MACAU: Magical Charm
AUSTRALIA, TA: Hobart’s Half Dozen Treasures
USA, NM: Santa Fe – Downtown Retreat & Mountain Ranch Resort
PERU: Lake Sandoval, Amazonia: Mundos Intocados – Untouched Worlds.
AUSTRALIA, SA: Hopping Across to Kangaroo Island
USA, WY: The Legend of Buffalo Bill
AUSTRALIA, SA: Dishing It Out In South Australia
USA, NV: Top 10 Las Vegas Travel Tips
KIWI: Stewart Island's Natural Beauty
KIWI: Tuatapere Hump Ridge Track - Stairway to Heaven
KIWI: Sitting on the DOC of the Bay - A Campervan in the Coromandel
HONG KONG: Top Ten Must See Attractions
MACAU: A Macanese Affair to Remember
USA, Rockies: A Most Excellent Adventure - RV Trip Part 2
USA, Rockies: A Most Excellent Adventure - RV Trip Part 1
KIWI: Top 10 Kiwi Coastal Department of Conservation Campsites
KIWI: South by Southwest Auckland
AUSTRALIA, QLD: Campervan Adventures on the Great Tropical Drive
HONG KONG: Hong Kong’s Adventurous Atributes
KIWI: Top 10 Adventure Activities to Experience in Auckland
KIWI: The Gems and Jewels of the Tutukaka Coast
AUSTRALIA, NSW: A South Coast & Southern Highlands Tasting Seduction
USA, WY: Unadulterated Wilderness - Yellowstone National Park
KIWI: Island’s in the Gulf
USA, SD: Famous Faces in Great Places
USA, MT: Montana’s Forgotten Ghost Towns
UAE: Abu Dhabi - More Than A Flight of Fancy
WESTERN SAMOA: In the Footsteps of Robert Louis Stephenson
TONGA: Vava’u Island Group
KIWI: Unpack, Inhale and Unwind – Breathing Easy on Auckland’s West Coast
KIWI: Waiheke Island – Paradise Found
USA, ID: Sun Valley Lodge, Ketchum
USA, ID: A Big City with a Small Town Heart
SOUTH KOREA: Temple Tourism Where Silence is Golden
AUSTRALIA, TAS: Hobart’s Half Dozen Treasures
AUSTRALIA, TAS: A Taste and a Tipple in Tassie
KIWI: Conjuring Up Some Matakana Magic
FIJI: Cavorting on the Coral Coast
USA, CA: Jamaica Bay Inn, Marina Del Rey
NEPAL: Kartwheeling in Kathmandu
KIWI: Going With The Flow - A Day on the Dart River
NEPAL: Eat Pray Hike – Life on a Himalayan Trail Part 2.
NEPAL: Eat Pray Hike – Life on a Himalayan Trail Part 1.
SINGAPORE: Capella Hotel, Sensosa Island
USA, HI: Hairpin Highway to Hana and Beyond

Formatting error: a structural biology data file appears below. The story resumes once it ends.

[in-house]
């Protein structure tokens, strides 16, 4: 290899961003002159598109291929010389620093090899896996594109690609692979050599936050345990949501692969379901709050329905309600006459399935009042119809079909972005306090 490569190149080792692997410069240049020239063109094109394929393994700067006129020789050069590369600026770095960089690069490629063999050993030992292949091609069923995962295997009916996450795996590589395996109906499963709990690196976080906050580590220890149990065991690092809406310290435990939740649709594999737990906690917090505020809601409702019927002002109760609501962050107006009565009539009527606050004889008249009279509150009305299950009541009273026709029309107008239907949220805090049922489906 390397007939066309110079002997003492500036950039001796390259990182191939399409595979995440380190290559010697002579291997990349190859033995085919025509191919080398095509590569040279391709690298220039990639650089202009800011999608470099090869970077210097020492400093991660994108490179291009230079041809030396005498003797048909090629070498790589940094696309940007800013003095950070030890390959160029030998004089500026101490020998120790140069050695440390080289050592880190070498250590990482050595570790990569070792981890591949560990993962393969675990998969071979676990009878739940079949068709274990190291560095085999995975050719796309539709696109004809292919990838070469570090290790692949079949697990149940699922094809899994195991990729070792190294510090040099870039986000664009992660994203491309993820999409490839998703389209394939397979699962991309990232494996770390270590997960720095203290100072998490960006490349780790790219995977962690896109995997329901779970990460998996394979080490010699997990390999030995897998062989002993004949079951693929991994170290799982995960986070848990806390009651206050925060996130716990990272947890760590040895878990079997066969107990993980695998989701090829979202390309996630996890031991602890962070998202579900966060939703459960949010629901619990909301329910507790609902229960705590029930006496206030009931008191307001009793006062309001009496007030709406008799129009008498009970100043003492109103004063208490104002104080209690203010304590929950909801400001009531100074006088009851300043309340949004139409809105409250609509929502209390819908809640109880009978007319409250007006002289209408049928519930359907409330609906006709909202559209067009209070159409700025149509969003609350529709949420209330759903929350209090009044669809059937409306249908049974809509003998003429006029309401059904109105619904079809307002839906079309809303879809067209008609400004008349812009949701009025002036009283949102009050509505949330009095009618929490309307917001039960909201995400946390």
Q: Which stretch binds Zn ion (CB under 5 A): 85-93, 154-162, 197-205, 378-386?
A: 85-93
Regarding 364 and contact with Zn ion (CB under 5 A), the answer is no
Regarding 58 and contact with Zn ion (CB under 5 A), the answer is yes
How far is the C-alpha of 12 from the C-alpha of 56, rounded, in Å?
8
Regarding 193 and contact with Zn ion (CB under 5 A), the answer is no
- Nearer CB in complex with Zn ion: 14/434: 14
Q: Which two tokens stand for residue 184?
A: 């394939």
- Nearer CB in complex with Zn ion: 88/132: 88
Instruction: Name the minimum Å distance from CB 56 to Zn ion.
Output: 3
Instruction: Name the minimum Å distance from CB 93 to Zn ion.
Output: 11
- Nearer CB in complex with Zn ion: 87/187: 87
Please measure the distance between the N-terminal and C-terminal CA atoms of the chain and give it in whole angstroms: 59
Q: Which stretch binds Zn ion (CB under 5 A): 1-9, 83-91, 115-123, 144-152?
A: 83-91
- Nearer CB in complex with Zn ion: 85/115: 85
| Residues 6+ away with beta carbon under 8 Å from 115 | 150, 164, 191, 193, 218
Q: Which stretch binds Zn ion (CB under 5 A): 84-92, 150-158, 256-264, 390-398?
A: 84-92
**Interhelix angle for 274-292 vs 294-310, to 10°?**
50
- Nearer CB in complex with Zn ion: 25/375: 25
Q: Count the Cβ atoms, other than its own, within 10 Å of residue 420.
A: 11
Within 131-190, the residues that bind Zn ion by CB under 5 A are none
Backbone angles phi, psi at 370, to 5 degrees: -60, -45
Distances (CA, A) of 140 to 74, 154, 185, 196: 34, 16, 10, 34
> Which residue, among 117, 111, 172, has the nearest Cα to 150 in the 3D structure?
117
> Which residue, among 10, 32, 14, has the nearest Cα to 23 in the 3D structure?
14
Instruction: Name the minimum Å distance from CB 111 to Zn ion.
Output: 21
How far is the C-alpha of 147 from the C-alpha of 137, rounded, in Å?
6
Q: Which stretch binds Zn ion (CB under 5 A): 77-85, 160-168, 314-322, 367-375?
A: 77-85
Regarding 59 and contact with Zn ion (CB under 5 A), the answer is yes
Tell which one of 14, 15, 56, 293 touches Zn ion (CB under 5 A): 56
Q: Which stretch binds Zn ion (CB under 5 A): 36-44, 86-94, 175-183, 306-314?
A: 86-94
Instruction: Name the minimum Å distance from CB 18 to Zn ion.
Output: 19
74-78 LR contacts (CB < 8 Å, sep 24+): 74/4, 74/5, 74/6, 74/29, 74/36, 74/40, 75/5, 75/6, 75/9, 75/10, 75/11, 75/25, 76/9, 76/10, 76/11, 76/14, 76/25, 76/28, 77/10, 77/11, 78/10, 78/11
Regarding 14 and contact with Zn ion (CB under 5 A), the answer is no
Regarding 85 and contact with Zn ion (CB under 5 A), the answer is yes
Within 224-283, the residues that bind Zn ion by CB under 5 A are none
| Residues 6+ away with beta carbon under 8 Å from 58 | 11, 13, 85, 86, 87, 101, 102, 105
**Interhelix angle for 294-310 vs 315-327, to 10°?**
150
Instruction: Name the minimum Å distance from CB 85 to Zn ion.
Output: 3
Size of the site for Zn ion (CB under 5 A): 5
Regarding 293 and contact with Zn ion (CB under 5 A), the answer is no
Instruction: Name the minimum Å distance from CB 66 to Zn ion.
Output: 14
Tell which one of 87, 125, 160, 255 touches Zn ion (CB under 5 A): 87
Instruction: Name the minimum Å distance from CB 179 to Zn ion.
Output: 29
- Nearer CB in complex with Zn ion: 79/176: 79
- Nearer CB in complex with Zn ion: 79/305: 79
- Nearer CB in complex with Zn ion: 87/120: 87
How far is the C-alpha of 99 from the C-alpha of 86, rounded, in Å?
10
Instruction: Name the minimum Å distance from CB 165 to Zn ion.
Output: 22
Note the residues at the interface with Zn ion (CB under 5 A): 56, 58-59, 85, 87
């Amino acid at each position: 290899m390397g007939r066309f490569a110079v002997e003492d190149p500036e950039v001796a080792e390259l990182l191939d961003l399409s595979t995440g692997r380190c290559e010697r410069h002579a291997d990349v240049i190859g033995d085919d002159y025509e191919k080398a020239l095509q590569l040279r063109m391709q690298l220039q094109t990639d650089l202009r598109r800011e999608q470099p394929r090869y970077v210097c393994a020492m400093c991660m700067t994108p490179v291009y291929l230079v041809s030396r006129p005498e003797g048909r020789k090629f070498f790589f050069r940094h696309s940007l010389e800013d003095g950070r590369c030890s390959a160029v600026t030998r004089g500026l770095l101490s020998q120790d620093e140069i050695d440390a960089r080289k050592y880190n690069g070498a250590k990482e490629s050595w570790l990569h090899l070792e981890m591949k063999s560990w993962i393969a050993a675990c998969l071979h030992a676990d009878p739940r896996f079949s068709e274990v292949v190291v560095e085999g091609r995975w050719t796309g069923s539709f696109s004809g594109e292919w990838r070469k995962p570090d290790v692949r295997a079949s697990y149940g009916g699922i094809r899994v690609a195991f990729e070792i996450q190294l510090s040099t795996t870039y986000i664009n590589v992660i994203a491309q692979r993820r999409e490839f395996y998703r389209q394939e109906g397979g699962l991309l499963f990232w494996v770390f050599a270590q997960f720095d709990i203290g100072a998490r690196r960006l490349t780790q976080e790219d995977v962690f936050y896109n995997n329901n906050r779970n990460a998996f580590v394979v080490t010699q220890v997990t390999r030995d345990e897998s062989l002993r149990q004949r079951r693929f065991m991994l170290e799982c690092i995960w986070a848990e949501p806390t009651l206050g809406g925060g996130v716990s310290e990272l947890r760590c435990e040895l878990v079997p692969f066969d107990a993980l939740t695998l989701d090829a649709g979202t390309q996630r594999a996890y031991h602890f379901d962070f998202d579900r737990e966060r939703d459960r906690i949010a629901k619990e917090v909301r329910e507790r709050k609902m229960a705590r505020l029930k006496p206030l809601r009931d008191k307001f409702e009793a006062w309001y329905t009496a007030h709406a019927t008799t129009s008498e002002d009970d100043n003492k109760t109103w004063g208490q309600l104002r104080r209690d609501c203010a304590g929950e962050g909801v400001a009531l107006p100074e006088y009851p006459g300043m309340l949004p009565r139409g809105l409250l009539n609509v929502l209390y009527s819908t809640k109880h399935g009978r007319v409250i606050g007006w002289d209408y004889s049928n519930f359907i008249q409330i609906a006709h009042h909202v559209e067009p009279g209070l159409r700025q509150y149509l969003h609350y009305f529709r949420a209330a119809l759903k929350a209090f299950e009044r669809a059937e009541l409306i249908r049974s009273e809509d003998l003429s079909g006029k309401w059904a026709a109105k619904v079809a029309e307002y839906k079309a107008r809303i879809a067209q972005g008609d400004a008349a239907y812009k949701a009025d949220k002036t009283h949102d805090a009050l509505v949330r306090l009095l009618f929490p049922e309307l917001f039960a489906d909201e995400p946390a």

KIWI: Matakauri Lodge, Queenstown
ENGLAND: Haunted by Heathcliff - Yorkshire's Bronte Country
USA, CA: Handlery Union Square Hotel, San Francisco
KIWI: This Restless Land – Hiking the Tongariro Crossing & Mt. Ruapehu
KIWI: On My Bike - Mountain Biking and the Queenstown Bike Festival
ENGLAND: Mark it in Your Calendar – Visit Skipton, Yorkshire
SCOTLAND: A Scottish Highland Fling
REPUBLIC of IRELAND: Wrestling Wrasse on the Beara Peninsula
REPUBLIC of IRELAND: 48 Hours in Cork
ENGLAND: The Land of Romans, Myths and Medieval Castles
SCOTLAND: 48 Hours in Edinburgh
WALES: Wandering North Wales
USA, CA: In Yountville Pushing the Epicurean Envelope
ENGLAND: On The Trail of Lancashire’s Pendle Witches
THAILAND: Sky High in Bustling Bangkok
TAHITI: Lazy Hazy Days of Winter - Tahitii and Moorea
AUSTRALIA, QLD: In Seventh Heaven
VENEZUELA: Where Angels Dared To Tread
NORFOLK ISLAND: Isle of Exiles
NEW CALEDONIA: Flavours of New Caledonia
MALAYSIA, Sabah Borneo: In The Land of the Red Ape
AUSTRALIA, QLD: Taste of the Tropics

KIWI: The Wonder Country - Campervan Ventures in Southland

Earlier that first day I’d picked up my Maui campervan at Queenstown airport. I’d requested something small and functional; a vehicle with a fridge, stove and a bed - a shower and toilet I didn’t think was necessary. They gave me the keys to a Toyota Spirit 2 Grande, a perfect size vehicle for me to scoot around the Southern Alps region at leisure.

AUTHOR & PHOTOGRAPHER: ©Shane Boocock 2009

After 3 days hiking the Hollyford Track and another day on jetboat safari on the Dart River combined with throwing my body off ledges like some young adrenalin junkie, I was ready to leave behind all the Queenstown activities for a week and take to the open road.